The Savant and the State: Science and Cultural Politics in Nineteenth-Century France

The Savant and the State: Science and Cultural Politics in Nineteenth-Century France

by Robert Fox

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The Savant and the State: Science and Cultural Politics in Nineteenth-Century France by Robert Fox

There has been a tendency to view science in nineteenth-century France as the exclusive territory of the nation’s leading academic centers and the powerful Paris-based administrators who controlled them. Ministries and the great savants and institutions of the capital seem to have defined the field, while historians have ignored or glossed over traditions on the periphery of science. In The Savant and the State, Robert Fox charts new historiographical territory by synthesizing the practices and thought of state-sanctioned scientists and those of independent communities of savants and commentators with very different political, religious, and cultural priorities.

Fox provides a comprehensive history of the public face of French science from the Bourbon Restoration to the outbreak of the Great War. Following the Enlightenment, many different interests competed to define the role of science and technology in French society. Political and religious conservatives tended to blame the scientific community for upsetting traditional values and, implicitly, delivering France into the hands of revolutionary extremists and Napoleonic bureaucrats. Scientists, for their part, embraced the belief that observation and experimentation offered the surest way to the knowledge and wisdom on which the welfare of society depended. This debate, Fox argues, became a contest for the hearts and minds of the French citizenry.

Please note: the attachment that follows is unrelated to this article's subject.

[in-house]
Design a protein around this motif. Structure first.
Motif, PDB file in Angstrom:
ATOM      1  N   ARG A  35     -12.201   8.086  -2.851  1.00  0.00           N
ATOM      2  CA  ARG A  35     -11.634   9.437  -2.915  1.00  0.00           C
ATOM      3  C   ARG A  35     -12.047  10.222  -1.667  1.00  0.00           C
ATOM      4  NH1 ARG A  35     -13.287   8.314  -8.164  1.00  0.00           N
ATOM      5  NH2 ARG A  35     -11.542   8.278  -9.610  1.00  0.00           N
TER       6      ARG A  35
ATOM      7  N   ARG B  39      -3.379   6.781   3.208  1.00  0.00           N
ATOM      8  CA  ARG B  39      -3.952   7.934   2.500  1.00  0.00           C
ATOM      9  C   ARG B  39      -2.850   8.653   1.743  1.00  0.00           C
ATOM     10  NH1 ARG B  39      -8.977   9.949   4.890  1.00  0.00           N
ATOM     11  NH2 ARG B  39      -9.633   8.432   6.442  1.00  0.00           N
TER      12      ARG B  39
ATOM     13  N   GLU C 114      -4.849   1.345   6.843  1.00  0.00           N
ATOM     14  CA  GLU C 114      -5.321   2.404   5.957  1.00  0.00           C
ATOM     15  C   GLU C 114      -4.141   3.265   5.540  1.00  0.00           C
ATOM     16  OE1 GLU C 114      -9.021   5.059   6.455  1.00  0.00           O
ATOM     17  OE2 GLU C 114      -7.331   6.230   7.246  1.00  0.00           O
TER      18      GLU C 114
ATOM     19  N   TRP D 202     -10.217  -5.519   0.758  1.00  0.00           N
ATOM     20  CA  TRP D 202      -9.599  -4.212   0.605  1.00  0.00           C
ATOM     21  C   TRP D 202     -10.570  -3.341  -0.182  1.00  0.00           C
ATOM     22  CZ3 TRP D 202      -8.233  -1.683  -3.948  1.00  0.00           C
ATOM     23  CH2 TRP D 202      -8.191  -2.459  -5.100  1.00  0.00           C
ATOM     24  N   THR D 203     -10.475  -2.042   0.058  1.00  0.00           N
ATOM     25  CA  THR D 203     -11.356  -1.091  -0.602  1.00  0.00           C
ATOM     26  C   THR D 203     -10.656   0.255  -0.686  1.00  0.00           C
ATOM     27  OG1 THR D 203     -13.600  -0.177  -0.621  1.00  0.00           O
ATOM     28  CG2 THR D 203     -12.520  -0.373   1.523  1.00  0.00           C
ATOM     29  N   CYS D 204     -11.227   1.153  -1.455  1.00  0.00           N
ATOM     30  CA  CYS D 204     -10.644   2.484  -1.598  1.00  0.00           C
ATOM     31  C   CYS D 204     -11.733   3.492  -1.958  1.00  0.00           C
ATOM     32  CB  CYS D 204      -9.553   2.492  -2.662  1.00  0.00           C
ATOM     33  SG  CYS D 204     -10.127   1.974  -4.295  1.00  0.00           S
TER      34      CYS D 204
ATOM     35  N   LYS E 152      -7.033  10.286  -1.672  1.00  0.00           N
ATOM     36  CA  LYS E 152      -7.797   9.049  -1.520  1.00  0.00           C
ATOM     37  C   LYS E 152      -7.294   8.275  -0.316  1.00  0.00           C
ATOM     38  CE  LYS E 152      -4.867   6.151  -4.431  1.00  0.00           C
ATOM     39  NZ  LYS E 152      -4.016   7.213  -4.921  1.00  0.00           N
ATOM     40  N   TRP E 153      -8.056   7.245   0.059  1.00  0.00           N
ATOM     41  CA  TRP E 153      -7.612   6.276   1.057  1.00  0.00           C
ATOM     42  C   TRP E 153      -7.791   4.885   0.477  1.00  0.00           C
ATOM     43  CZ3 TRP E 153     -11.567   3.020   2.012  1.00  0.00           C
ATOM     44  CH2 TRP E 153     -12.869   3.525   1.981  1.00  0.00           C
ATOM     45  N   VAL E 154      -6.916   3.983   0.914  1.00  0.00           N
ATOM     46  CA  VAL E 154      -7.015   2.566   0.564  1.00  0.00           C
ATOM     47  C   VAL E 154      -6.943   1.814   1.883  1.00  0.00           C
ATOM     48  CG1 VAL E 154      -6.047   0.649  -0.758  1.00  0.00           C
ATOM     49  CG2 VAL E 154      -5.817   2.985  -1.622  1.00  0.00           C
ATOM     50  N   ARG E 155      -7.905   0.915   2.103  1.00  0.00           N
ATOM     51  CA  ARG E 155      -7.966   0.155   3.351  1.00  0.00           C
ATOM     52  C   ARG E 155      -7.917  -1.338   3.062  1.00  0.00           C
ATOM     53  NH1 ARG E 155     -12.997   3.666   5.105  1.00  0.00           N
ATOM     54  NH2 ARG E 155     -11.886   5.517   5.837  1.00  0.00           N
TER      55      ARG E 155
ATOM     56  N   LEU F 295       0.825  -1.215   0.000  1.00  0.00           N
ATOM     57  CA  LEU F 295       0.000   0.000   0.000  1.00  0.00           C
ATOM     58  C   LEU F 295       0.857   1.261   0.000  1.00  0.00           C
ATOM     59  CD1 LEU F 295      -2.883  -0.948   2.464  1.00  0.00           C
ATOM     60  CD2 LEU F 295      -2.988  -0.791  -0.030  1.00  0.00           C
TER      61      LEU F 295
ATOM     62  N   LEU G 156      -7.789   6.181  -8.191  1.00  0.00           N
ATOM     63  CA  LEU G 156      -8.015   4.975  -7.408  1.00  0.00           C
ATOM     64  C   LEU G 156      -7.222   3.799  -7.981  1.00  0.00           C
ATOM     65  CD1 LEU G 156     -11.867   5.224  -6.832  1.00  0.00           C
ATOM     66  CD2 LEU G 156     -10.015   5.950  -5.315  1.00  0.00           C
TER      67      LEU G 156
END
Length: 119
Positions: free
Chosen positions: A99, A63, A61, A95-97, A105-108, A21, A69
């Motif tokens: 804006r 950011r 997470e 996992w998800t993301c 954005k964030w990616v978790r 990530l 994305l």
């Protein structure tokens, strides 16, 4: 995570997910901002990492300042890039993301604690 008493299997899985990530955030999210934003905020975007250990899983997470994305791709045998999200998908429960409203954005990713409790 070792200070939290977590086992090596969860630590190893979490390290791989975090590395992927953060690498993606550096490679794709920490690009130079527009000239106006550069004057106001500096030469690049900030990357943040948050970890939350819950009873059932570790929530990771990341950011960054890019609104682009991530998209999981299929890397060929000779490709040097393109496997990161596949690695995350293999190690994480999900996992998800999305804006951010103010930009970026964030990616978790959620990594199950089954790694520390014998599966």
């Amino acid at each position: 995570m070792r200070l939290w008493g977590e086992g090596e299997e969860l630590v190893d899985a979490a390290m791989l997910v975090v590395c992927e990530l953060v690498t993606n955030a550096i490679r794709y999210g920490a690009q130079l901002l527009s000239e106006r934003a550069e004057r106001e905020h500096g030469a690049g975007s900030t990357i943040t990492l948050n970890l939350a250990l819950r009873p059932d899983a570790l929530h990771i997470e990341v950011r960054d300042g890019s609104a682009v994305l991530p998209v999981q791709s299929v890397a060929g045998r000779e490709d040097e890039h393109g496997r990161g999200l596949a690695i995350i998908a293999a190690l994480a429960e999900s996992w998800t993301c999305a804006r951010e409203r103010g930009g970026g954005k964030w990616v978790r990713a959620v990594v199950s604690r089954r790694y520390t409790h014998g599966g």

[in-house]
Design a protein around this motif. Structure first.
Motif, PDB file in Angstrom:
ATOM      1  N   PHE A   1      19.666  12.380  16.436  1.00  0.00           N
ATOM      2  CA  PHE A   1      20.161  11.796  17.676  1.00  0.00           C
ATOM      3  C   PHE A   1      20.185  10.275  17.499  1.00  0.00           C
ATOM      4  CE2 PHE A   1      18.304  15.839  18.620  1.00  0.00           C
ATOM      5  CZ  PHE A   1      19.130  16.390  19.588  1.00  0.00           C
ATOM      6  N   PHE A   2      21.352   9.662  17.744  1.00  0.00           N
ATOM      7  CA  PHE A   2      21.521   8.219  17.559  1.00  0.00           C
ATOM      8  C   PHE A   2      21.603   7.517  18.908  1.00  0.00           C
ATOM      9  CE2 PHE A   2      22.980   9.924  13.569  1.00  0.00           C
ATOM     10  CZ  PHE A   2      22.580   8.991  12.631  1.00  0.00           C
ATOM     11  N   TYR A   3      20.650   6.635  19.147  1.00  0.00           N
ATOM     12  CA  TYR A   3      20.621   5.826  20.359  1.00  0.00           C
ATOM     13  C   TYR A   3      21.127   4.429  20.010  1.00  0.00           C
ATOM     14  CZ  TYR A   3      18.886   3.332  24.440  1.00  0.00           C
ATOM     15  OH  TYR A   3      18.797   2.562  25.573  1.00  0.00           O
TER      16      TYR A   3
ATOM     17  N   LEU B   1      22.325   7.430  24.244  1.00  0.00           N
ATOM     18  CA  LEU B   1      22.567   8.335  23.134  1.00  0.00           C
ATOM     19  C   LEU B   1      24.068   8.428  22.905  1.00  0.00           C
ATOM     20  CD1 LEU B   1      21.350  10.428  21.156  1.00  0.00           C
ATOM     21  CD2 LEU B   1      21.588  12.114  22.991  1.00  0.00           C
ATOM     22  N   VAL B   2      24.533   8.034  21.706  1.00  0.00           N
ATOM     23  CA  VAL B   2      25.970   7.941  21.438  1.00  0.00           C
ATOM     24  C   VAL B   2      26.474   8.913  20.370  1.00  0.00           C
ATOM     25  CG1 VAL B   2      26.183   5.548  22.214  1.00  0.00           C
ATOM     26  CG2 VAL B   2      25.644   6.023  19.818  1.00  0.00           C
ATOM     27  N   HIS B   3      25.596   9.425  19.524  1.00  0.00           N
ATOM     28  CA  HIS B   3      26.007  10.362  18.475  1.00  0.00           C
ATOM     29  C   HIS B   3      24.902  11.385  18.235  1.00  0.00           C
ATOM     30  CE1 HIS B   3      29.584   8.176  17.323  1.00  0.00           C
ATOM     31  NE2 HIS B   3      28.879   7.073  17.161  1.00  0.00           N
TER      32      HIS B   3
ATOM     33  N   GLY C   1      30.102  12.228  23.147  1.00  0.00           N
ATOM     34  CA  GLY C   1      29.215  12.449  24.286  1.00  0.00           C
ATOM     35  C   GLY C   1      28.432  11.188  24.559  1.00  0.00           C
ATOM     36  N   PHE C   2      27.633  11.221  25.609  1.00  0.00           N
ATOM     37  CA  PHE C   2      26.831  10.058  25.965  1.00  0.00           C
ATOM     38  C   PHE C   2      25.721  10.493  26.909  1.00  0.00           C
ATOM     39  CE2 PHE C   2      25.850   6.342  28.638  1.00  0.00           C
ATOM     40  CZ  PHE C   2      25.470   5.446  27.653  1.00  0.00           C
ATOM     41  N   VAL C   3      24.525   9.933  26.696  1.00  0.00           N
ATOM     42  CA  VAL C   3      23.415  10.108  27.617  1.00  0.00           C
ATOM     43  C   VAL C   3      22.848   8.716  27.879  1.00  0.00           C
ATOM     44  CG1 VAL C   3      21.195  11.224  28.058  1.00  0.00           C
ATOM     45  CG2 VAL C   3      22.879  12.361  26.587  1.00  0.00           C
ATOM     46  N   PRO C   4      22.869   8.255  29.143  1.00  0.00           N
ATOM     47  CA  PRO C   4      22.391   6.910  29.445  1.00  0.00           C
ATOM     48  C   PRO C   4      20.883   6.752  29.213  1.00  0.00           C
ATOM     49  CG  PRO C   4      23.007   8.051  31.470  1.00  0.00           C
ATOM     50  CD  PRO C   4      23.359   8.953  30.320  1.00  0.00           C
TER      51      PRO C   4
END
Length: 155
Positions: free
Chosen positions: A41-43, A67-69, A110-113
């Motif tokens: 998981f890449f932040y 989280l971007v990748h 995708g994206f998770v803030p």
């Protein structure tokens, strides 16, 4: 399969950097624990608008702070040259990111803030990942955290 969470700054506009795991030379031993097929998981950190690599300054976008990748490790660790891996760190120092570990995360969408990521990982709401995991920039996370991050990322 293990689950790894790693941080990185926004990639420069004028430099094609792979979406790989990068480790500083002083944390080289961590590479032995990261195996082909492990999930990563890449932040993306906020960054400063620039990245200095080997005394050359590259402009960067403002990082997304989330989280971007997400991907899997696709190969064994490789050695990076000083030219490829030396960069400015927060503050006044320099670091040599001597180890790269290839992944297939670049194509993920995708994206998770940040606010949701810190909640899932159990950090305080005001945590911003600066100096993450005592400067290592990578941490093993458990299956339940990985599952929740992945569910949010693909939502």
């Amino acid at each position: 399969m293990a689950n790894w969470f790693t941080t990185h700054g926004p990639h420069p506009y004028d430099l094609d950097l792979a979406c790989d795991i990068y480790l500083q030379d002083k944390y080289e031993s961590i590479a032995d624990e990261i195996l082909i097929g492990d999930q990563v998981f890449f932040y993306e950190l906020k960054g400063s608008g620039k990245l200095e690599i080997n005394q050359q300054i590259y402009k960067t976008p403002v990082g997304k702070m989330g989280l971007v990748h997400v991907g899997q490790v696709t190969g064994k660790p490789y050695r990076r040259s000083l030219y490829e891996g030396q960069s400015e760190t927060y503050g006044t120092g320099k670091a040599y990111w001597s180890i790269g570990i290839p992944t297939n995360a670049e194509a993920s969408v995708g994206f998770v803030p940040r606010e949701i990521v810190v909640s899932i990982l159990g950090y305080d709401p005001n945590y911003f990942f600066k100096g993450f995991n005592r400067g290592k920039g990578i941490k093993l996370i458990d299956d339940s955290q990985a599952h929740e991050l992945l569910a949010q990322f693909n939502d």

Product Details

ISBN-13: 9781421405223
Publisher: Johns Hopkins University Press
Publication date: 07/19/2012
Series: The Johns Hopkins University Studies in Historical and Political Science , #130
Pages: 408
Product dimensions: 6.30(w) x 9.10(h) x 1.40(d)

About the Author

Robert Fox is professor emeritus of history of science at the University of Oxford. He was awarded the History of Science Society’s 2015 Sarton Medal for lifetime scholarly achievement. He is the editor of Technological Change: Methods and Themes in the History of Technology.

Table of Contents

Preface vii

Introduction 1

Chapter 1 Science and the New Order 9

The Return of the Bourbons 11

Patronage, Authority, and the Profession of Science 18

Science and the Industrial Age 28

A Philosophy for the Times: The Roots of Positivism 39

Chapter 2 Voices on the Periphery 52

Academies and Societies 53

The Devotee: Nature, Learning, and Locality 62

Science and Decentralization 73

The Triumph of the Center 83

Chapter 3 Science, Bureaucracy, and the Empire 94

The Trials of Academic Science 95

Education, Industry, and the Imperial State 103

The Bureaucracy of Learning 112

The Roots of Academic Reform 126

Chapter 4 Science, Philosophy, and the Culture of Secularism 138

The Midcentury: Conformity and Dissent in French Philosophy 139

The Nature of Life: Pasteur-Pouchet Revisited 148

The Radical Synthesis and Its Enemies 159

A Faith for the Age: The Religion of Humanity 174

Chapter 5 Science for All 184

Fashioning the Audience 185

Masters of the Mass Market: Flammarion and Figuier 195

The Spoken Word 207

Broader Audiences, Bigger Stakes 214

Chapter 6 The Public Face of Republican Science 227

The Savant at War and Peace 228

Countercurrents: Science in the Catholic Tradition 241

The Republic of the Savants 250

Fin de Siècle: From Inspiration to Anxiety 259

Conclusion 274

Appendix A The French System of Education and Research 285

Appendix B Exchange Rates and Incomes in Nineteenth-Century France 291

Abbreviations 293

Notes 297

Bibliographical Note 365

Index 377

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